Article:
Yaa Gyasi’s debut novel, Homegoing, is a lean epic that spans two continents and some 250 years of history, delving into the transatlantic slave trade, the Anglo-Ashanti wars, the convict leasing system, and Harlem’s heroin epidemic, to name just a few of its paths of historical inquiry. Gyasi, who wrote the novel over the course of seven years, condenses an overwhelming amount of incident into just over 300 pages. The result is a book that’s dense yet accessible, precisely structured yet refreshingly open-ended, intellectually rigorous yet grandly emotional.
Homegoing opens with Effia, a beautiful but “cursed” girl born in the mid 1700s to a noble family in a Fante village. Though her beauty makes her a prime candidate to become one of the wives of Abeeku Bade, next in line to be chief, she’s instead married off to a white British soldier who takes her away to the Castle, a British fortress on the Gold Coast of Africa (now Ghana), which, unbeknown to Effia and the other Ghanaian “wenches” married to British soldiers, serves as a major outpost for the slave trade. Women and men, among them Effia’s half-sister, Esi—most of them prisoners captured by warring tribes and sold off to the British—are kept in the Castle’s dungeon, waiting to be transported to America where they’ll be sold into slavery.
The novel proceeds chronologically from there, ping-ponging back and forth between Effia’s descendants, who remain in Ghana, and Esi’s own, who survive in America estranged from their African roots. Gyasi interweaves incidents from her characters’ lives with the histories of Ghana and the United States, providing personalized dramatizations of abstract historical flashpoints like the Fugitive Slave Act or the War of the Golden Stool. All in all, Homegoing is composed of 14 chapters, each one told from the point of view of a different character, each one an impeccably crafted character study with its own narrative arc and thematic unity.
It’s the accumulation of history—the painfully slow progress from slavery to something like freedom, the gradual drive toward a reunion of Effia and Esi, of Africa and America—that gives Homegoing its dramatic charge. Gyasi brilliantly tracks the gradual shifts in history and the way these historical oppressions have ruptured black families, wrenching individuals from their ancestral home and splitting each generation from the last with new forms of cultural terror. There’s a reason Time magazine’s Roxane Gay called Homegoing “the strongest case for reparations and black rage I’ve read in a long time.” The wrongs done to one generation do not simply fade away; they reverberate across time, echoing even into the present.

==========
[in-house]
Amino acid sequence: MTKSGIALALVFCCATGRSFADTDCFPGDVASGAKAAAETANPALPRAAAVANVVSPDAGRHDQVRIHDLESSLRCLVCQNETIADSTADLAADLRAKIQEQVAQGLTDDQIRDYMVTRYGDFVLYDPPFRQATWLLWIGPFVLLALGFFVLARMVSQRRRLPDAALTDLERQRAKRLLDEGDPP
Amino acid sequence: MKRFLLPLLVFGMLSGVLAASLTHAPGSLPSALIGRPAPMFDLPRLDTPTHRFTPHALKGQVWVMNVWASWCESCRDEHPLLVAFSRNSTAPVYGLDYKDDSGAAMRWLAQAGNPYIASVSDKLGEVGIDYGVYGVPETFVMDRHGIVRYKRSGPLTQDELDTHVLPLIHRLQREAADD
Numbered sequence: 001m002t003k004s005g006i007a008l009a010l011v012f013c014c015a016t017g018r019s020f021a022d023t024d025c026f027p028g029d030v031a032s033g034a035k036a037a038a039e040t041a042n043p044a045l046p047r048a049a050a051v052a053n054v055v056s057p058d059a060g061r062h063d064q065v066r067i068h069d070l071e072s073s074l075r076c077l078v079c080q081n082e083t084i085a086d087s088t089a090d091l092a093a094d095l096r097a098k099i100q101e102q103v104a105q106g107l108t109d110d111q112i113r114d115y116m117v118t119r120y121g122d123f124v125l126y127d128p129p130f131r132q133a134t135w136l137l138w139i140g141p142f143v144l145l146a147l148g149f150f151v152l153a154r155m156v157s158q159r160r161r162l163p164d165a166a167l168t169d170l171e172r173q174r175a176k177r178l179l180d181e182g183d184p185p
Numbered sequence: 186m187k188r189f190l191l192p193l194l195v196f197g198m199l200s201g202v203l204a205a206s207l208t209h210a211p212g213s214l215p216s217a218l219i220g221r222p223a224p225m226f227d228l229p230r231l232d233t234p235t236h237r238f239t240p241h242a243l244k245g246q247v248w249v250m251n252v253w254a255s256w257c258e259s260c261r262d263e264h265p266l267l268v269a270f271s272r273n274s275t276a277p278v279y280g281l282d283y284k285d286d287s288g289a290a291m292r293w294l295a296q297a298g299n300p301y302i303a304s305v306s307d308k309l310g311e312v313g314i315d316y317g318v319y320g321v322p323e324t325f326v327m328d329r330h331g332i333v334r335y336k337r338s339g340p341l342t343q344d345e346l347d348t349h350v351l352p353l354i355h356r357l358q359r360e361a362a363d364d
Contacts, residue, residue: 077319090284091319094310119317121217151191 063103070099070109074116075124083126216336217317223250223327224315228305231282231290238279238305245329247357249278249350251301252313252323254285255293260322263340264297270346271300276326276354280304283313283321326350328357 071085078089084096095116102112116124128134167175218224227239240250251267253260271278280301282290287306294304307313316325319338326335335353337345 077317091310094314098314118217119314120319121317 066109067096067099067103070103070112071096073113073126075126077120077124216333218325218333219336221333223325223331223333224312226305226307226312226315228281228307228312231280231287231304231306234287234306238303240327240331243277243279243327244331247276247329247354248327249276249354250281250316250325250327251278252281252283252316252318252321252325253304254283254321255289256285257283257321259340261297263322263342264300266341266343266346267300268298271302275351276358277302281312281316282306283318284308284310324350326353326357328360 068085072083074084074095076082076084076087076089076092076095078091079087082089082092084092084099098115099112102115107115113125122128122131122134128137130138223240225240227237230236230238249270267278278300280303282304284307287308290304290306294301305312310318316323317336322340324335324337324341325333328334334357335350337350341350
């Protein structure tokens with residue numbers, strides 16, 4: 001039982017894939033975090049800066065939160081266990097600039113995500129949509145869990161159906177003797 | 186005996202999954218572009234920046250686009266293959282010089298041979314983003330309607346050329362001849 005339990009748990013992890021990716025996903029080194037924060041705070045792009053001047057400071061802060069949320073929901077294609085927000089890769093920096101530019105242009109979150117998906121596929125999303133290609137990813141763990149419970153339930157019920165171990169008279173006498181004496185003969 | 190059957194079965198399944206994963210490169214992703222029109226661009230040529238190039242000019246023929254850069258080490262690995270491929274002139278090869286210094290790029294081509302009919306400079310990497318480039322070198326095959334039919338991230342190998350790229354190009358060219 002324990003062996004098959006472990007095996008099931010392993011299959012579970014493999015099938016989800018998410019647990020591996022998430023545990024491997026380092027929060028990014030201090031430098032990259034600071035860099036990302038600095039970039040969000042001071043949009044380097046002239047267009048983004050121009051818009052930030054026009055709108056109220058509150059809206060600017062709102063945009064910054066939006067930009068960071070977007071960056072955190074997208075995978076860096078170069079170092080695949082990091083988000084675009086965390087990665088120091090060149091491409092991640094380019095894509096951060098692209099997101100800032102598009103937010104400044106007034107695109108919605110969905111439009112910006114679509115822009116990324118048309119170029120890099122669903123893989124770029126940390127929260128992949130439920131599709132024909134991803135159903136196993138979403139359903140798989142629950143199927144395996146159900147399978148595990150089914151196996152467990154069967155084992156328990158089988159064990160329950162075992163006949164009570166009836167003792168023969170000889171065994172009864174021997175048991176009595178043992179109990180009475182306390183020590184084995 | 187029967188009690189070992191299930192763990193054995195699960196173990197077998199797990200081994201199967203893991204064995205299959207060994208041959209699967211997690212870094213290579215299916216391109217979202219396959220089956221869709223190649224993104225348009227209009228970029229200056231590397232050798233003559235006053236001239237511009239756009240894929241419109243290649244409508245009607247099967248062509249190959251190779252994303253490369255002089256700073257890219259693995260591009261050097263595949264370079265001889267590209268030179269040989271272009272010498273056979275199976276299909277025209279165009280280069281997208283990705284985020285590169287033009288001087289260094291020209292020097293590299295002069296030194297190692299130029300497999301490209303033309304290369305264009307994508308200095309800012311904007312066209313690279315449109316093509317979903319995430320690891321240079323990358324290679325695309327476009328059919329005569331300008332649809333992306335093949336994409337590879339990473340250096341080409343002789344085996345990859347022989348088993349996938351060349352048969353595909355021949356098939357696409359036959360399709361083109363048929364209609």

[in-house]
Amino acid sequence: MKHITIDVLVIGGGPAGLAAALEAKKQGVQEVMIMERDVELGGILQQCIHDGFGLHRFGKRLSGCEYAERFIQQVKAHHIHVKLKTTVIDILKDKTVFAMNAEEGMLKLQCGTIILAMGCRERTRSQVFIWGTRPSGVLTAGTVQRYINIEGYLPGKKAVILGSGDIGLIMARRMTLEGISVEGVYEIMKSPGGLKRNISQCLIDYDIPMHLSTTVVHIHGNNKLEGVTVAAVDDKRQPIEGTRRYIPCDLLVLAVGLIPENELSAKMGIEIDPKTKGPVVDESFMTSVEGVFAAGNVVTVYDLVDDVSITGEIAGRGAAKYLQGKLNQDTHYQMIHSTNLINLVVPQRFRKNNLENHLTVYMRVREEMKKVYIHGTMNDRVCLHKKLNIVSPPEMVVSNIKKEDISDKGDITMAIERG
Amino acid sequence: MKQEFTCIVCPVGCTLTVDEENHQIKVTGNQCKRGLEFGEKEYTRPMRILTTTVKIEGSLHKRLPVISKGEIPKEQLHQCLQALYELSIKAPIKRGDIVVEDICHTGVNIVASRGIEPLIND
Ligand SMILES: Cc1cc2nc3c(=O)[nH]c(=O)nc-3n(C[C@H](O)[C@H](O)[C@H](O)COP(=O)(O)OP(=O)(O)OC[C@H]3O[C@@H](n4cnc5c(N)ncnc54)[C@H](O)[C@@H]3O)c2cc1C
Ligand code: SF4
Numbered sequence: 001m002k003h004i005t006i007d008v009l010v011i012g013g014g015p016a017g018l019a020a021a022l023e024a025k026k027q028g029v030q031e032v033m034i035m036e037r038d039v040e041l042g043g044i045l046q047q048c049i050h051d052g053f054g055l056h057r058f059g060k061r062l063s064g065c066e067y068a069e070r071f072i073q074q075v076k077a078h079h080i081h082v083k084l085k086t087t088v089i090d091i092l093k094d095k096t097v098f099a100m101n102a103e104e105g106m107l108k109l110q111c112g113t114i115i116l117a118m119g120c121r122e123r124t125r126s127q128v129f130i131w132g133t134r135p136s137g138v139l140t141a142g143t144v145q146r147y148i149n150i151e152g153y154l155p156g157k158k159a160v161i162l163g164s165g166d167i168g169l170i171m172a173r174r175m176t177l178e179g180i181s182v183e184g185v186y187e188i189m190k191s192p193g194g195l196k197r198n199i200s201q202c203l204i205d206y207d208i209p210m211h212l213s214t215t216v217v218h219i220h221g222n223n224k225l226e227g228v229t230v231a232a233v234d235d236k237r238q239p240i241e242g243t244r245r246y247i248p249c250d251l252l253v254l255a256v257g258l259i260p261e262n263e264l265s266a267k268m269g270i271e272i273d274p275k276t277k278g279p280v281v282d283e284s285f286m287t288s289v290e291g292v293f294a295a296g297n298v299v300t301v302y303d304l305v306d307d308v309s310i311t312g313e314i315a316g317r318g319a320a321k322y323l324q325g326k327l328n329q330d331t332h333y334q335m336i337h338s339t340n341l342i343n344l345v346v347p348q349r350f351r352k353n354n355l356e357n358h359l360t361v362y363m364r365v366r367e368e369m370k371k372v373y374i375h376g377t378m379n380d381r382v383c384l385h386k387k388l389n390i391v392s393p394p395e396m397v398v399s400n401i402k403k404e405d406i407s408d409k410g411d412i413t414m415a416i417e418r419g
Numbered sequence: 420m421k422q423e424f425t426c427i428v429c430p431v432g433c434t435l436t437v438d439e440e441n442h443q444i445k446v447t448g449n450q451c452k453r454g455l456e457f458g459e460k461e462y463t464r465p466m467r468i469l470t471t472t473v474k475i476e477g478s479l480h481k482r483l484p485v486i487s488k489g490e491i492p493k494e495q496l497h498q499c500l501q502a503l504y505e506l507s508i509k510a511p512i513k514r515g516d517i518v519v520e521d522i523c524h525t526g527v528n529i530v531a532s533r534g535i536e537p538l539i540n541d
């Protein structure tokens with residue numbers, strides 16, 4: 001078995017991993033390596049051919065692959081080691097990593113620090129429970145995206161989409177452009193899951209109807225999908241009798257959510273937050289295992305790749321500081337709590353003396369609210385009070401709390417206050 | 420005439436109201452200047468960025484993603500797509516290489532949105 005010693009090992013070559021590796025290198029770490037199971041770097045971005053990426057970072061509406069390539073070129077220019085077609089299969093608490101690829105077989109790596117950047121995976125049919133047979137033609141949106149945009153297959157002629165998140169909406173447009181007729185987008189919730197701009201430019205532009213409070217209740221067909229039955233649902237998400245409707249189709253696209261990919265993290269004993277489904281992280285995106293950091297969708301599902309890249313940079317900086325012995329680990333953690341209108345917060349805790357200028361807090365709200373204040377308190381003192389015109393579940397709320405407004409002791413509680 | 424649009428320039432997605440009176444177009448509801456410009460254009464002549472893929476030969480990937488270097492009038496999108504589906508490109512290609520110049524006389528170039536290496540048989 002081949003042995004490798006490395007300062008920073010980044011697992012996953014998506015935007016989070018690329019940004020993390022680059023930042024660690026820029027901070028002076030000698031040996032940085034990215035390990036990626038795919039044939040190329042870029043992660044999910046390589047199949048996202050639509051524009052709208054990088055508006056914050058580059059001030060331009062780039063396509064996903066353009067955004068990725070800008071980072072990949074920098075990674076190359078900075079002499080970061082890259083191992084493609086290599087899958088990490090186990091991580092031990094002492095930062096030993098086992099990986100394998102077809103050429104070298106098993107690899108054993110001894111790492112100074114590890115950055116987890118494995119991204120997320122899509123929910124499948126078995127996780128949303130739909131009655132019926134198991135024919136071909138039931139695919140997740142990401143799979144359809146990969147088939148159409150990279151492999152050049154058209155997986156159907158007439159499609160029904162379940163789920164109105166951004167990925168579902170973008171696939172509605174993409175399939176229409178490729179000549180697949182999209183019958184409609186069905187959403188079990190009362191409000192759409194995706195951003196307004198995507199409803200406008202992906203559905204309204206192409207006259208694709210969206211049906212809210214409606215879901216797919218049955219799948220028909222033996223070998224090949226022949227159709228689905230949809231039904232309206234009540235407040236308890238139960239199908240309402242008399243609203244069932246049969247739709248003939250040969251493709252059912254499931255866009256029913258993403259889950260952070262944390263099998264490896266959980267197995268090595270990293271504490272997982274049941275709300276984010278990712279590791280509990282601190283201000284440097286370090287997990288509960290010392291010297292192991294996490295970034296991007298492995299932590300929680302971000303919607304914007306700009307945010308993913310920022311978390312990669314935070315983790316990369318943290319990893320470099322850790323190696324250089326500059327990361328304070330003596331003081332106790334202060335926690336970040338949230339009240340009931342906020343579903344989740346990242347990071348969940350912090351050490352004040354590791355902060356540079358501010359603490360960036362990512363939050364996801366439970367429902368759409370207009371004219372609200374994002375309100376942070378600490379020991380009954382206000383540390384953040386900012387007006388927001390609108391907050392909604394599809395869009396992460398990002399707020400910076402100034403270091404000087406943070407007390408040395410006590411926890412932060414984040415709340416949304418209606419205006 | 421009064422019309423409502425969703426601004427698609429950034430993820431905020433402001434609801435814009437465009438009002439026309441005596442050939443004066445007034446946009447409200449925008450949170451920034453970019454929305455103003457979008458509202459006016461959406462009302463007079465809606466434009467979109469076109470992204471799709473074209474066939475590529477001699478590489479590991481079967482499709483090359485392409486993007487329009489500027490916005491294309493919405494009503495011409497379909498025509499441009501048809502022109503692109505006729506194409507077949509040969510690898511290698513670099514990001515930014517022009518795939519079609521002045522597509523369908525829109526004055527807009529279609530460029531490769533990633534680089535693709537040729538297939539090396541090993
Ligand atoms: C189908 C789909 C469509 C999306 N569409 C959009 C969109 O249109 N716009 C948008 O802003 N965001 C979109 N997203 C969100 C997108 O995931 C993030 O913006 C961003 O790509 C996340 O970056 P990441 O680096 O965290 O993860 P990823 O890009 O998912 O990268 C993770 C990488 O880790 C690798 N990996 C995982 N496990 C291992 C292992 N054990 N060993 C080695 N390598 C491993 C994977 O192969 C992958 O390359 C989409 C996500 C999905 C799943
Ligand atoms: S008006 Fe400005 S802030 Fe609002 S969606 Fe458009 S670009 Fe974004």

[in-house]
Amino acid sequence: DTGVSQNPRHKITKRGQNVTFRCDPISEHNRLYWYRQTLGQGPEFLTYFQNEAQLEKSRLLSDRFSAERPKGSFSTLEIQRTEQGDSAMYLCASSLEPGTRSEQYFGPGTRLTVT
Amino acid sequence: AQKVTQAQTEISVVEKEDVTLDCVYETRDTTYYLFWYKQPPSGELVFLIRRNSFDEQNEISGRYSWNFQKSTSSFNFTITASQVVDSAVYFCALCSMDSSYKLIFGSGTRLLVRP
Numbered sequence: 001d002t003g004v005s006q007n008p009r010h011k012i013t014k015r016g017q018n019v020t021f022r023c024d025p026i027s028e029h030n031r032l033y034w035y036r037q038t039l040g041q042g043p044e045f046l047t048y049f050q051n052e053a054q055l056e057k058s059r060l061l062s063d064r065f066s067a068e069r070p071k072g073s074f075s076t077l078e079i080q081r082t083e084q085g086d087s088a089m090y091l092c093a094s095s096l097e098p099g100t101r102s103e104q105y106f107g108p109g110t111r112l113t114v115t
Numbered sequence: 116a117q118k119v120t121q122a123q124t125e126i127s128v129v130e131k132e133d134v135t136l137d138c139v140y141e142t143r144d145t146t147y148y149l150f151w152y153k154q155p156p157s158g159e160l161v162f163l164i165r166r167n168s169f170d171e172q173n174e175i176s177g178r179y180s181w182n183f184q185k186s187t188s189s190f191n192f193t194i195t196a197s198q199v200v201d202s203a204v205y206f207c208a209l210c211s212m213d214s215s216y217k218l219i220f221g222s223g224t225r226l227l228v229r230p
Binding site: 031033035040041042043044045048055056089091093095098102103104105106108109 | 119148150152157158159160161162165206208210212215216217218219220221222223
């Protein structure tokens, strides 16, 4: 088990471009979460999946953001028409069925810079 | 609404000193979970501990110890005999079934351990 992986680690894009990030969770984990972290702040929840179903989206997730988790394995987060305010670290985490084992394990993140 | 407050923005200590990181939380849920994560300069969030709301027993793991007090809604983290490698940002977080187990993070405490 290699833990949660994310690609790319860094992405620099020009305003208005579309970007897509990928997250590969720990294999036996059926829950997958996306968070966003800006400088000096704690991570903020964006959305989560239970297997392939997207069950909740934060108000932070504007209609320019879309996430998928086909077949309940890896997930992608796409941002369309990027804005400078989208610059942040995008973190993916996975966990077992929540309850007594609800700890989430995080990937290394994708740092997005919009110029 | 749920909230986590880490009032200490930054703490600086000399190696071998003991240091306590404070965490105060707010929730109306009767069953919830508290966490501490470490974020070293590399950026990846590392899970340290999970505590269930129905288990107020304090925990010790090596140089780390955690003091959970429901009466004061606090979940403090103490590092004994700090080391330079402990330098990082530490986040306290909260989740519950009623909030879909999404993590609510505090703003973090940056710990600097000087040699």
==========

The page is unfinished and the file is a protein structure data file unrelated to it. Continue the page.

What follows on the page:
Each character bears the scars of previous generations, but each one makes his or her own path.
Gyasi is particularly adept at filling in the gaps in our collective memory, placing her characters in the forgotten, in-between spaces of history. The novel invokes not the slave ships, but the Castle’s holding pen; not just white slavers, but black ones as well; not sharecropping, but the convict leasing system, by which Southern prisoners—most of them black, picked up for minor violations of apartheid Jim Crow laws—were sold to private companies to perform backbreaking manual labor. In the Ghana-set chapters, Gyasi complicates and demystifies popular images of Africa. A “witch,” for example, turns out to be more like a psychologist than the shamans of lore. Some African peoples were willing participants in the colonization and enslavement of others. There are no perfect victims, no clean hands. As one character says of the slave trade, “Everyone was responsible. We all were…we all are.”
Homegoing operates on a series of dualisms: Effia and Esi, Africa and America, Asante and Fante, black and white, slavery and freedom, history and the present, fire and water. (The last of these is echoed in the book’s striking cover, designed by Peter Mendelsund.) The point isn’t to set these concepts in opposition to each other, but to break down the barrier between them altogether. Effia and Esi’s familial lines are “black,” but both have significant white blood. In one scene, a mother tells her son that his father was a white man. In fact, he was a light-skinned black man who discovered he could “pass” in Manhattan and chose life as a white man over his wife and son.
Each character bears the scars of previous generations (sometimes literally; Gyasi’s symbology can be blunt), but each one makes his or her own path. History defines the terms by which they live, but it doesn’t dictate how they must act. Some choose to acquiesce, others to run, a few to fight, and many to simply survive. This is why, for all its pedagogical potential, Homegoing is fundamentally and absolutely a work of fiction, not history. The novel allows us to experience history as a totality, decade upon decade in the proverbial blink of an eye. We come to know a character deeply in one chapter, then see them through the eyes of their child or grandchild, and eventually we watch as they recede into historical myth. They become just another story.
As one character, a writer, says, “This is the problem of history. We cannot know that which we were not there to see and hear and experience for ourselves.” Gyasi, on the other hand, allows us to inhabit the sweep of history, to see and hear and experience both the moment and its effects, to watch the transfiguration of “the present” into “the past.” The past is a part of us whether we acknowledge it or not. For Gyasi, the only way to truly progress is to reckon with our history, to fill in the blank spaces in our past, to go home.
Yaa Gyasi’s Homegoing is now available from Knopf; to purchase it, click here.